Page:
In 2007, Notre Dame’s graduates listened to a commencement speech from alumnus Jeffrey Immelt, CEO of General Electric. With alumni like Immelt and Daniel Hesse, former president and CEO of Sprint Corporation, Notre Dame’s alumni network gives undergrads a leg up in the business world before graduating. “Coming into the job search with no real industry connections, I was nervous about my prospects of finding a good job,” ND senior Chloe Wieber said. “The ND alumni networks at big companies are incredibly helpful, and they love to come back to recruit at ND.” While we’ve all heard horror stories from colleges that force undergrads to declare a major before they even apply, the word “limit” doesn’t exist in Notre Dame’s vocabulary. ND’s Mendoza School of Business requires all students to take all introductory level courses to each of the majors to ensure students to make sure they actually like it. Resources like Leadership Seminars, Student International Business Council and Mendoza’s Gigot Center For Entrepreneurship help create Notre Dame CEOs of the future. “I had a lot of unique class experiences that I was able to talk to recruiters about, and the emphasis Mendoza places on group work is something extremely valued by successful companies,” Wieber added.
4. Massachusetts Institute of Technology
If you sport a near-2300 SAT average, throw in an application to MIT to potentially gain access to one of the most helpful networks in the world. With its unique “Management Science” major, MIT teaches students how to logically approach the design and administration of intricate business systems. The Leadership Center offers undergrads the tools and training—either through academic credit, the 360° Leadership Development and Coaching program or skill-based workshops—they need to become leaders within organizations. “MIT has helped me build upon many of the traits that are important for being a good leader; most noticeably, it’s helped me greatly improve my analytical and problem solving skills, which are key to being a leader in industry,” MIT junior Zach Churukian said. Alumni like CEO of the CIT Group John Thain and co-CEO of JP Morgan Chase Donald Layton make up part of the alumni association that helps aspiring student leaders move up the corporate ladder through networking.
3. Duke University
From John Chambers, Chairman and CEO of Cisco Systems, to Chad Dickerson, CEO of Etsy, Duke has graduated its fair share of world leaders. Plus, grads get to sit on on commencement speeches from industry leaders like Paul Farmer, founder and CEO of Partners in Health. Duke faculty nominate undergrads to join the Duke Leadership Academy, a unique yearlong development initiative where emerging leaders get exposed to senior-level leaders and stakeholders at Duke. “I serve on the executive board of Duke’s premiere digital lifestyle magazine, enabling me to develop both my creative and leadership skills on campus,” Duke junior Katherine Reed said. “Duke has fostered my independence internationally as I had the opportunity to live in Medellín, Colombia last summer creating my own short story documentaries.”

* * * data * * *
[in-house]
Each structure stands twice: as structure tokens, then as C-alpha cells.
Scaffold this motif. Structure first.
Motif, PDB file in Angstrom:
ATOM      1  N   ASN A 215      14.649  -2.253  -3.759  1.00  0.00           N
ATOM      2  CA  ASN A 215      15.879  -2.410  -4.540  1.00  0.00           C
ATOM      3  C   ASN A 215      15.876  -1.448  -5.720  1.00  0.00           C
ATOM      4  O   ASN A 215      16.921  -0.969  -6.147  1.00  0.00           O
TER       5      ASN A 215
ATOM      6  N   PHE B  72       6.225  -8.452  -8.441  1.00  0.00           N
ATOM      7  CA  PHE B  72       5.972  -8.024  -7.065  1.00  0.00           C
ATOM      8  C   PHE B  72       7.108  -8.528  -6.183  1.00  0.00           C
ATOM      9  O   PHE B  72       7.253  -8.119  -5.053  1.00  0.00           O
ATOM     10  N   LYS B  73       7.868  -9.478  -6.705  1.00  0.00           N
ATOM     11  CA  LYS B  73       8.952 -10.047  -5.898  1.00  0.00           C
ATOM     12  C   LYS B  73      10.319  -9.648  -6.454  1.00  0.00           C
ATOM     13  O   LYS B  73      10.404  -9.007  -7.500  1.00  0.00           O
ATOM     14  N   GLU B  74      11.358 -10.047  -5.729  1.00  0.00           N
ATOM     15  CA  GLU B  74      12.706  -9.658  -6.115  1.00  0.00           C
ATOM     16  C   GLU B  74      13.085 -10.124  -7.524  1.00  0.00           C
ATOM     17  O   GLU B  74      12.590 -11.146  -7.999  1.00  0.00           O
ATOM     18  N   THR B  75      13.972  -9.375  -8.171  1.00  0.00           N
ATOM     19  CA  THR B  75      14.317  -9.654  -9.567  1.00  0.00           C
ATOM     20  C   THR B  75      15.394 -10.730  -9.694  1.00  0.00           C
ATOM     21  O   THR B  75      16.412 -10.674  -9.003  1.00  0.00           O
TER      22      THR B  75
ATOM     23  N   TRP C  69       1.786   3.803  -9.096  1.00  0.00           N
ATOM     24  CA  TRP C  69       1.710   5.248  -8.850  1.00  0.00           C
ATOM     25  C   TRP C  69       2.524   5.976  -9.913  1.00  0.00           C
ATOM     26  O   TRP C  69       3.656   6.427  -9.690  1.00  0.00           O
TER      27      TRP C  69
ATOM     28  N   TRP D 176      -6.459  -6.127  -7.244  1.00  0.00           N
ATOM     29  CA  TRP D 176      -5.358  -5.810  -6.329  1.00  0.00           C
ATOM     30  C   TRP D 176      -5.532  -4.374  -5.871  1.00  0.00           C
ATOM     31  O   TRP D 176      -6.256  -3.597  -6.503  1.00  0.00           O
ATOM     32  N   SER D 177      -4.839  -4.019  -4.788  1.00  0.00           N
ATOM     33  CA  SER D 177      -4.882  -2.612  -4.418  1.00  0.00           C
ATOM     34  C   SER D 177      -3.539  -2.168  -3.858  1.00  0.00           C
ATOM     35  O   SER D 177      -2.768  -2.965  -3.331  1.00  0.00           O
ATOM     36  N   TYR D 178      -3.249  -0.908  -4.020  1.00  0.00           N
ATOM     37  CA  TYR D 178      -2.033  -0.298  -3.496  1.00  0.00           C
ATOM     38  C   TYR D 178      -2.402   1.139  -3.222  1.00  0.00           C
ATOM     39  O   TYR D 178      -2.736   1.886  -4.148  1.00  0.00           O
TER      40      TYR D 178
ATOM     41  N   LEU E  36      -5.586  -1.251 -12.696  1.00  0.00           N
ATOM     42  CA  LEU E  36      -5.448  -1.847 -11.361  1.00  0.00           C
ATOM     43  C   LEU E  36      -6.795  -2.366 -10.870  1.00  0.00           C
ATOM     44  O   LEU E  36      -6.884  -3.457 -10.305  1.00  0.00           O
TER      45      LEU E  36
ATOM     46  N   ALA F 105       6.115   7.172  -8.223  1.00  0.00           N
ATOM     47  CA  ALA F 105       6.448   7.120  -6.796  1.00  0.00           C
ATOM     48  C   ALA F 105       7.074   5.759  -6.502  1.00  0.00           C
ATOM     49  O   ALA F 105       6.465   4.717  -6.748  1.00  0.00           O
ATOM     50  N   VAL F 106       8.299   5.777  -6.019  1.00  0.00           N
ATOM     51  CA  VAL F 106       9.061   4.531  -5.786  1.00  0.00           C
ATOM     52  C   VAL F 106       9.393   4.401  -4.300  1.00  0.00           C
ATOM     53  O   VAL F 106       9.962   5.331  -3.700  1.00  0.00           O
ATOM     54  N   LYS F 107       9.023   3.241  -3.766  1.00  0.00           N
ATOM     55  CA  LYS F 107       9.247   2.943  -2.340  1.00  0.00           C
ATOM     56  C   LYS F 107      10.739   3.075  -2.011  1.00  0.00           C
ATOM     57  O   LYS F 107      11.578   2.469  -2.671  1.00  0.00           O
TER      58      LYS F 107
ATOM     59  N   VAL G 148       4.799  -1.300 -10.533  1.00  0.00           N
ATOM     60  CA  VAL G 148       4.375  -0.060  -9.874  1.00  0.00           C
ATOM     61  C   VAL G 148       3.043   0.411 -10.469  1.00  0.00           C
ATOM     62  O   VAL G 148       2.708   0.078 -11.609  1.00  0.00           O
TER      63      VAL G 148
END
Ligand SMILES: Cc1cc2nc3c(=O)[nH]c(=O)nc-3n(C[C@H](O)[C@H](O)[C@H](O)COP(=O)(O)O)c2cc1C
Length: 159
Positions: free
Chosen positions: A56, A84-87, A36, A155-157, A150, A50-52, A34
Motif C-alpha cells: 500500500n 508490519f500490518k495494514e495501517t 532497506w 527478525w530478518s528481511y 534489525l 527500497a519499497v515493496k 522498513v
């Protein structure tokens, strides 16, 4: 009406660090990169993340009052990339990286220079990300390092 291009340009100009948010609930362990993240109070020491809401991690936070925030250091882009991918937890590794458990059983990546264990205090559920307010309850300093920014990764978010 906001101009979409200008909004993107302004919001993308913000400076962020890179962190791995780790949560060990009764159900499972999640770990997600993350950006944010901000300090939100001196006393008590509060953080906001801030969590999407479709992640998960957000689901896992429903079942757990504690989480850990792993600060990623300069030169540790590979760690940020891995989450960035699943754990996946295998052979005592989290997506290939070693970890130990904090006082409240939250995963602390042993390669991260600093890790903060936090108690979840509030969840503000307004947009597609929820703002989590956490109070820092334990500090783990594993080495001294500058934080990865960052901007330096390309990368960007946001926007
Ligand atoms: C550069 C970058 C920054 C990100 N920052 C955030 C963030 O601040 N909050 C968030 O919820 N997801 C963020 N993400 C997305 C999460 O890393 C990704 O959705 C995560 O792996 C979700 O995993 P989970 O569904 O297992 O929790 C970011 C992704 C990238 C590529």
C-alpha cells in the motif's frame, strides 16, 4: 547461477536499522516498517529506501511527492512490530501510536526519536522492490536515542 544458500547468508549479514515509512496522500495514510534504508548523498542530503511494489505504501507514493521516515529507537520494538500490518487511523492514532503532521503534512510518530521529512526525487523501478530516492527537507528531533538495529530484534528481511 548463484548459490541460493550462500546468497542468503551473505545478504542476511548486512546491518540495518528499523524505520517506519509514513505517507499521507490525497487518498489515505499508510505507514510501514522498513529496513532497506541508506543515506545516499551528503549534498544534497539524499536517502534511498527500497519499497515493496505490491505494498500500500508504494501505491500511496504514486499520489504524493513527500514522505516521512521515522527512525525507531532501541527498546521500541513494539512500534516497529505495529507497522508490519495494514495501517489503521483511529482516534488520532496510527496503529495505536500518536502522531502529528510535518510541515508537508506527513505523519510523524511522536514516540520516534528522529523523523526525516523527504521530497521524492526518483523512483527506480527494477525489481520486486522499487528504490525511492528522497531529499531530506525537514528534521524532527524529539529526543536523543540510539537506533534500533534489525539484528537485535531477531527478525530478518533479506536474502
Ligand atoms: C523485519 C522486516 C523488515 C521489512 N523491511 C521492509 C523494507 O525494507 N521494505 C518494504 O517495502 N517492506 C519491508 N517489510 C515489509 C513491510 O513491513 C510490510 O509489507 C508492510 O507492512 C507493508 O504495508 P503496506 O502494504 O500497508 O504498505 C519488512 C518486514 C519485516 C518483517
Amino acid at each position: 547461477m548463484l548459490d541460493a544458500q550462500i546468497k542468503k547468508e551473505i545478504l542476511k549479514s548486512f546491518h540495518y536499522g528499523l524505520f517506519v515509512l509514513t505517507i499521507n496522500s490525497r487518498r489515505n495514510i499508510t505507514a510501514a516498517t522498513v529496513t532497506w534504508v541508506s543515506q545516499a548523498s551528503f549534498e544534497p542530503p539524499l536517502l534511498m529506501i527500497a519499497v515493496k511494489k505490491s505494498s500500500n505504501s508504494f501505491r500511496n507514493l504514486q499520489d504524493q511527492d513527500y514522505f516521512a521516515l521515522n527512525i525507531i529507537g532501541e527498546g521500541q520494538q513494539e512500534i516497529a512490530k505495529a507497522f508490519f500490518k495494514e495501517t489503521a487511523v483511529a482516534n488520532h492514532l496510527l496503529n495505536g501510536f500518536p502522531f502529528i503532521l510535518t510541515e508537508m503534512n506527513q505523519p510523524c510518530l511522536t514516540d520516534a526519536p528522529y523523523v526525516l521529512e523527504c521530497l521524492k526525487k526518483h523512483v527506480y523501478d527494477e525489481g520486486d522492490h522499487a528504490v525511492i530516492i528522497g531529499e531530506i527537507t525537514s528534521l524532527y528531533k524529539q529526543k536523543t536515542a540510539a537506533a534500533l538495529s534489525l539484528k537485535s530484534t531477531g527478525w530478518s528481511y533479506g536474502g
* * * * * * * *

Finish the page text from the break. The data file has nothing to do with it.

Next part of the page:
2. University of Michigan
The Victors for Michigan follow the motto “Leaders and Best,” aiming to transform lives and become leaders of society as proponents of the greater good. “There’s a reason we’re the ‘leaders and the best,’” Michigan freshman Willa Bautista said. “Students at Michigan are encouraged in every aspect of their lives to take initiate and be engaged.” The alumni network is a CEO powerhouse, including David Barger ’71, CEO of JetBlue Airways, Jim Buckmaster ‘90, CEO of Craigslist, and Richard Costolo ’85, CEO of Twitter. In the Ross School of Business, students take advantage of the Sanger Leadership Center and Emerging Leaders Program to develop awareness and tools to function as leaders of today’s society.
1. University of North Carolina Chapel Hill
If you find yourself slurping back the last sips of a refreshing Coca-Cola, you can thank UNC alumnus J. Frank Harrison III, CEO of Coca-Cola Bottling Co. Consolidated. Connecting undergrads with both graduate students and local resources specific to students’ majors, UNC integrates its students with the world outside the classroom to ensure they can become leaders as soon as they walk across the graduation stage. Both the Carolina Leadership Development and Center for Leadership Development work to mold UNC students into future leaders. Within the Carolina Union, an organization aimed at help students maximize their UNC experience, they host leadership seminars including the ACC Leadership Symposium and Leadershape. “Attending UNC has helped me to become a future leader by giving me the opportunity to delve deeper into my major (psychology) by talking to graduate students and professors in my specific field and getting involved with Embody Carolina, which is a center for student ambassadors for eating disorders,” UNC sophomore Kyle Moses said. “People’s excitement around what they are involved in and their desire to make a difference and involve others is what makes UNC so unique.”